Markit Group Ltd.’s subordinated index jumped as much as 12 basis points to 375, before trading at 366.5. Swaps on the senior debt of Commerzbank AG surged 36 basis points to a record 277, according to CMA. That’s up from 142.5 basis points Jan. 4.
The Markit iTraxx Crossover Index of 50 companies with mostly high-yield credit ratings climbed 12.5 basis points to 451. The Markit iTraxx Europe Index of 125 companies with investment-grade ratings increased 2.5 basis points to 114.25, JPMorgan prices show.
Swaps on BP Plc jumped to a more than five-week high after a leak two days ago at its Trans-Alaska Pipeline System that carries 15 percent of U.S. crude output. Contracts on BP rose 11 basis points to 98, according to CMA.
A basis point on a credit-default swap contract protecting 10 million euros of debt from default for five years is equivalent to 1,000 euros a year. Swaps pay the buyer face value in exchange for the underlying securities or the cash equivalent should a borrower fail to adhere to its debt agreements. An increase signals deterioration in perceptions of credit quality.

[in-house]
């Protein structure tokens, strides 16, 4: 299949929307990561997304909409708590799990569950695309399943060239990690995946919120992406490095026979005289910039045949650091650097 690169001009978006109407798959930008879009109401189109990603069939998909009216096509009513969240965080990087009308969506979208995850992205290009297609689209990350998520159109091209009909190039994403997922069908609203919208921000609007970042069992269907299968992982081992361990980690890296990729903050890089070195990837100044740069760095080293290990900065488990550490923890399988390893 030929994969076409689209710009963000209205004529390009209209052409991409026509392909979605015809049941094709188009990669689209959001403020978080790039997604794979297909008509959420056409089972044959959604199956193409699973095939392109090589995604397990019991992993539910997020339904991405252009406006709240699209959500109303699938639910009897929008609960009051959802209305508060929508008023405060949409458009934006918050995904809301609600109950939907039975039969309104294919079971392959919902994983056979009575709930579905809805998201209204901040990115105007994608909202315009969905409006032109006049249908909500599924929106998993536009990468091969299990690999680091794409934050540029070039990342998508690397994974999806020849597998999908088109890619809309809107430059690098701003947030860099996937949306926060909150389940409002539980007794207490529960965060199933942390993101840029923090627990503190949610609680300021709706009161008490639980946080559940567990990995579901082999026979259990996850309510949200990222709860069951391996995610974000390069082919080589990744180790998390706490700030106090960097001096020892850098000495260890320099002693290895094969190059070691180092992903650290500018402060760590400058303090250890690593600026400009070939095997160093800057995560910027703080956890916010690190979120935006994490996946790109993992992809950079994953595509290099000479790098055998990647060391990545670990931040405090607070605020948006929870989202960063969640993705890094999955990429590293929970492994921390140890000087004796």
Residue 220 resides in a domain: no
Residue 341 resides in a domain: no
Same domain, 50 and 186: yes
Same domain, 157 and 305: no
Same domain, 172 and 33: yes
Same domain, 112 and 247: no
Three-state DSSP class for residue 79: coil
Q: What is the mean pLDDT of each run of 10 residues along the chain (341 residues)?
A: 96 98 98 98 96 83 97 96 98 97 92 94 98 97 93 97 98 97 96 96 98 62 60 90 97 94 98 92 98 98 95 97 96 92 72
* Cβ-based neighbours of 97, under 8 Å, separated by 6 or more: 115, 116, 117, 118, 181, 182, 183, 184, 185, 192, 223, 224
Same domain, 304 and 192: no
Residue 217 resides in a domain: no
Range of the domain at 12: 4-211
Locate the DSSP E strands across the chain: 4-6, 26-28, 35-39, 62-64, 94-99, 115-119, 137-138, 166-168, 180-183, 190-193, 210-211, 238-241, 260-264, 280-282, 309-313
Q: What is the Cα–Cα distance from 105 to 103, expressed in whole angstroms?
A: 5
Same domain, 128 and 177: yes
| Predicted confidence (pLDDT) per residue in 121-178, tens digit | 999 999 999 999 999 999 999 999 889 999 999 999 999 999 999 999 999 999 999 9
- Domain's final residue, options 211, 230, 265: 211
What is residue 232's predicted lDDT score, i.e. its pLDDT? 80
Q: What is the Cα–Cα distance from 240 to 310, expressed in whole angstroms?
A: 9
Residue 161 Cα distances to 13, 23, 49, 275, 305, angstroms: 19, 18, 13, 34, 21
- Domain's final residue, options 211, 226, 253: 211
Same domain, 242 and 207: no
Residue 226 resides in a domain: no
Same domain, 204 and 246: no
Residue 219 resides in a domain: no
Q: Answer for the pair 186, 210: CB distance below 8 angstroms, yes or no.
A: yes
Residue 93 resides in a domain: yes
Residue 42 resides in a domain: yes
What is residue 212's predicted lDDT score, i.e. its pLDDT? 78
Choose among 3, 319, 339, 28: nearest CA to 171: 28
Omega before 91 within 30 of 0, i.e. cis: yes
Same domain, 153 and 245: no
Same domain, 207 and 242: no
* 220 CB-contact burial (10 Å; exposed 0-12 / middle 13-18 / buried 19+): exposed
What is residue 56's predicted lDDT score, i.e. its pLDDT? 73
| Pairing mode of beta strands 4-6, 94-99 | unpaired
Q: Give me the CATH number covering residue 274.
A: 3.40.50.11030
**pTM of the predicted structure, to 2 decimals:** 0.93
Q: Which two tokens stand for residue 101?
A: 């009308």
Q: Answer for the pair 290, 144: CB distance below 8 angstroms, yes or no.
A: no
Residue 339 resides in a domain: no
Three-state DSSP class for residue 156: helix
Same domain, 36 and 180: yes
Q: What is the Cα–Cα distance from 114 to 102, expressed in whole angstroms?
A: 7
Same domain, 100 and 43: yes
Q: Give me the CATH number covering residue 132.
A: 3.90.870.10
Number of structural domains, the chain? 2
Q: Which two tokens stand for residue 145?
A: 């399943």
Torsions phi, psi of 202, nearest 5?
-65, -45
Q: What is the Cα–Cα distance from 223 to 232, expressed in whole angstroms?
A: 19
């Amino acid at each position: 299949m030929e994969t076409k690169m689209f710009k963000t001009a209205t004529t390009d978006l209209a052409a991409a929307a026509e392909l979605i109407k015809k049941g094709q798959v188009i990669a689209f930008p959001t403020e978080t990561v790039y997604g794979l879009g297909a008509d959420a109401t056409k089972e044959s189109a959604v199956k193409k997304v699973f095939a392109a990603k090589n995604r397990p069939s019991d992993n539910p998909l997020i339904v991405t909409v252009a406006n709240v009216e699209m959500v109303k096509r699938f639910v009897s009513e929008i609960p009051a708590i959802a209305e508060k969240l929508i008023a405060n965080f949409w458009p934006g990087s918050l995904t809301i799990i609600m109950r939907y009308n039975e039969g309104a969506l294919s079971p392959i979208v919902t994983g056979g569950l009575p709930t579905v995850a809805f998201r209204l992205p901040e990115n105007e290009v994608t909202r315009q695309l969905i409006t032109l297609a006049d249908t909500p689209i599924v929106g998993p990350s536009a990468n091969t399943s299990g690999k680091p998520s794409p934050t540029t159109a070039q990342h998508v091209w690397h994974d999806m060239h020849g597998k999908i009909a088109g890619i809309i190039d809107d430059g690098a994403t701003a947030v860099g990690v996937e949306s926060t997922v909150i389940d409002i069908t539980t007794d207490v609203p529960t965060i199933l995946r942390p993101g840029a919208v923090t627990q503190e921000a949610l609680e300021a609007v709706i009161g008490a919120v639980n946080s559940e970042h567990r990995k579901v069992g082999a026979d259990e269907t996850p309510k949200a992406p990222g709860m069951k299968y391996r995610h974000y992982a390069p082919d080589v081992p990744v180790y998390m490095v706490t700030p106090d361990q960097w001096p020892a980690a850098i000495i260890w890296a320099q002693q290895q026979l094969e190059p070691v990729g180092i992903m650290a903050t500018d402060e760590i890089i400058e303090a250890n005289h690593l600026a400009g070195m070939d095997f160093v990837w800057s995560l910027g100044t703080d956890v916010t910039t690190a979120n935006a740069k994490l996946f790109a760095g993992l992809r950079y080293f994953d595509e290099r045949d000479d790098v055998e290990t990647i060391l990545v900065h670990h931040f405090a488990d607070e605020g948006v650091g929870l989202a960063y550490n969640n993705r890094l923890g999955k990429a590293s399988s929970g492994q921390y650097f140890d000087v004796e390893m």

–Editors: Michael Shanahan, Paul Armstrong
To contact the reporter on this story: Abigail Moses in London at Amoses5@bloomberg.net
To contact the editor responsible for this story: Paul Armstrong at Parmstrong10@bloomberg.net
This only goes to show that the Markets do not believe a word the Irish Finance Minster says and they just don’t trust him or any of his cronies in the NTMA or NAMA .Despite the denials coming from the Banks and NAMA the huge losses in their Derivative positions will have to be publicly acknowledged sooner or later! We might then get a clearer picture of the scale of the problem, we the taxpayers are expected to solve and the inevitable default on the private debts of the corrupt banks will be the obvious outcome .How many times must I repeat myself ? You cannot fool the Markets Mr.Lenihan!